Knowing where to set up and give yourself the best possible chance of success is a key consideration for any entrepreneur. While London and the UK has served as an attractive base for business builders from both Europe and the rest of the world, what about other locations that might be particularly useful for Brits?
Thalmic Labs and Nymi are two technology-based businesses that have started and grown in Ontario, Canada. Having created an innovative device to control devices using gestures and motion, Thalmic Labs is well placed to discuss what it takes to achieve market penetration. Nymi, meanwhile, is pushing forward with a product that allows users to deploy strong, multi-factor biometric authentication to any application, device, or service.
(1) What do you feel is particularly unique about starting and growing a business in Ontario?
Aaron Grant, co-founder, Thalmic Labs: One of the most incredible things about starting and growing a company in Ontario, and specifically within Waterloo Region, is the supportive and encouraging atmosphere. While other tech hubs are known to be highly competitive, we believe that the success of each company helps the region and country as a whole.
To that point, the community in Waterloo Region has been incredibly supportive of Thalmic Labs from the start and is full of many mentors who are interested in the success of all tech startups in the region.
Karl Martin, founder, Nymi: Ontario, and Toronto specifically, is a very multicultural place. This benefits local companies in two ways. First, there is a diverse pool of talent from which to build the company. Second, the market offers a great platform to test new product and service ideas that may be launched on an international scale. Essentially, you have a window into a very broad and large market.
(2) In what ways does it serve as a convenient platform between the US and the rest of the world?
AG: For us, the decision to remain in Canada has still allowed us to attract talent from as far away as New Zealand, Italy, and France, and from all across North America, in addition to a mix of Canadian and American investors. Toronto is a highly accessible city with one of the largest airports in the world, making traveling to and from other parts of the globe incredibly simple.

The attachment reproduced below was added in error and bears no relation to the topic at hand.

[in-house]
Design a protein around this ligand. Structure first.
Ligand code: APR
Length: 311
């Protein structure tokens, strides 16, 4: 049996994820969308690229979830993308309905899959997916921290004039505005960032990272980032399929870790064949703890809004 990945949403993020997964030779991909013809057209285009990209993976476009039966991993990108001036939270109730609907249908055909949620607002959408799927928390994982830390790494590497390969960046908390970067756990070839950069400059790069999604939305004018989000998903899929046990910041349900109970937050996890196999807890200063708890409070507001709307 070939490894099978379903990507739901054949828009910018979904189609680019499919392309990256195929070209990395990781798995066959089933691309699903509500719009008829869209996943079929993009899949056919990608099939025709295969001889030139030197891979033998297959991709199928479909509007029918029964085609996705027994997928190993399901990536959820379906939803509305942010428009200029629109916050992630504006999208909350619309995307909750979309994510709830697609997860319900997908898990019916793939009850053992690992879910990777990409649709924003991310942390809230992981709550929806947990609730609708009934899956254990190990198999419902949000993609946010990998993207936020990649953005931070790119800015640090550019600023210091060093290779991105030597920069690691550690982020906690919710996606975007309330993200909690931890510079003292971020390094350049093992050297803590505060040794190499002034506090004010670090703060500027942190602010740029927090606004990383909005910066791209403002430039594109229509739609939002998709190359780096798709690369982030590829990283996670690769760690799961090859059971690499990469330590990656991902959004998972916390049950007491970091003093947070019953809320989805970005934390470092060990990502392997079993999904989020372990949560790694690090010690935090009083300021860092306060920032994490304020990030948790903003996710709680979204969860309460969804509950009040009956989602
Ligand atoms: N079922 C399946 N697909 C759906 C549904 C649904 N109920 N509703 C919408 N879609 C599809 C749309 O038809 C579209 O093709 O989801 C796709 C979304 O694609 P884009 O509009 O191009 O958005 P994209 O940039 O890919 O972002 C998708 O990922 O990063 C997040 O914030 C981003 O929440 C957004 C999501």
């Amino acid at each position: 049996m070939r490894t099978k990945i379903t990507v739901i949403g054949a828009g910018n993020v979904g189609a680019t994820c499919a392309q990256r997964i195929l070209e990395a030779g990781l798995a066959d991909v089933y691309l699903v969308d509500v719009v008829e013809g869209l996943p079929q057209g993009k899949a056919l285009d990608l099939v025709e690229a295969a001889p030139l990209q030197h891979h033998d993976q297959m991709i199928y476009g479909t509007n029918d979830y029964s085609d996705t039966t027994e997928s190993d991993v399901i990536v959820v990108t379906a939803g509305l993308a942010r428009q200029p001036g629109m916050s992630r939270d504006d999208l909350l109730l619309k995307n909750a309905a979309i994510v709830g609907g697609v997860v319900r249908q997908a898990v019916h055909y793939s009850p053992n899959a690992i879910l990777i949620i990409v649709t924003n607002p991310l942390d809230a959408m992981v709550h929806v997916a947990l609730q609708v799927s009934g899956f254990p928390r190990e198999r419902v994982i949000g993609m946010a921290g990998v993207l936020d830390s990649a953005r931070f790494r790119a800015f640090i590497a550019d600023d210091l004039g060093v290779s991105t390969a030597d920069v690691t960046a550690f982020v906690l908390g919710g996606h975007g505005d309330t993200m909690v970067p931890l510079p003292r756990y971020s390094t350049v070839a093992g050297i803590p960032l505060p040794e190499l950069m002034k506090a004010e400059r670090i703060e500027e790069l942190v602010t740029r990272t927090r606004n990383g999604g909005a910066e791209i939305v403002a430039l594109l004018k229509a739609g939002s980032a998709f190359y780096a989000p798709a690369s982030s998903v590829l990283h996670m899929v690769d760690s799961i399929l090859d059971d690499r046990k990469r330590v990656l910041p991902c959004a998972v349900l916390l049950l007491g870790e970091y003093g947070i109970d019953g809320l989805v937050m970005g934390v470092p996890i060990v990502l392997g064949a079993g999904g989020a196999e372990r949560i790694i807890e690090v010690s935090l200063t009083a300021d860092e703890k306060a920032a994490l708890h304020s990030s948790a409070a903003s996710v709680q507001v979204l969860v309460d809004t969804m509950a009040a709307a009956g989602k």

KM: Geographic proximity to the US certainly has its benefits. Many startup founders find themselves visiting San Francisco and Silicon Valley on a frequent basis for potential investors, customers, and partners. Nothing is as effective as a face-to-face meeting, and our proximity makes that feasible.
(3) What limitations are there in terms of allowing you to scale rapidly?
AG: We faced (and continue to face) the same challenges entrepreneurs in technology companies face every day: developing the technology, funding development, finding a market fit, recruiting talent, and so on.
As a hardware company, there are a few extra challenges we have to deal with on both the engineering and business levels: supply chain, quality control, distribution, and financing all this. One barrier to scaling rapidly is the immigration system in Canada: we need an immigration system that is nimble, accessible, and responsive enough to keep up with fast-growing, knowledge-driven companies to recruit highly educated team members from all over the world.
KM: The only limitation to scaling is available investment capital. However, at the growth stage, most US venture capitalists are comfortable investing in Canadian companies.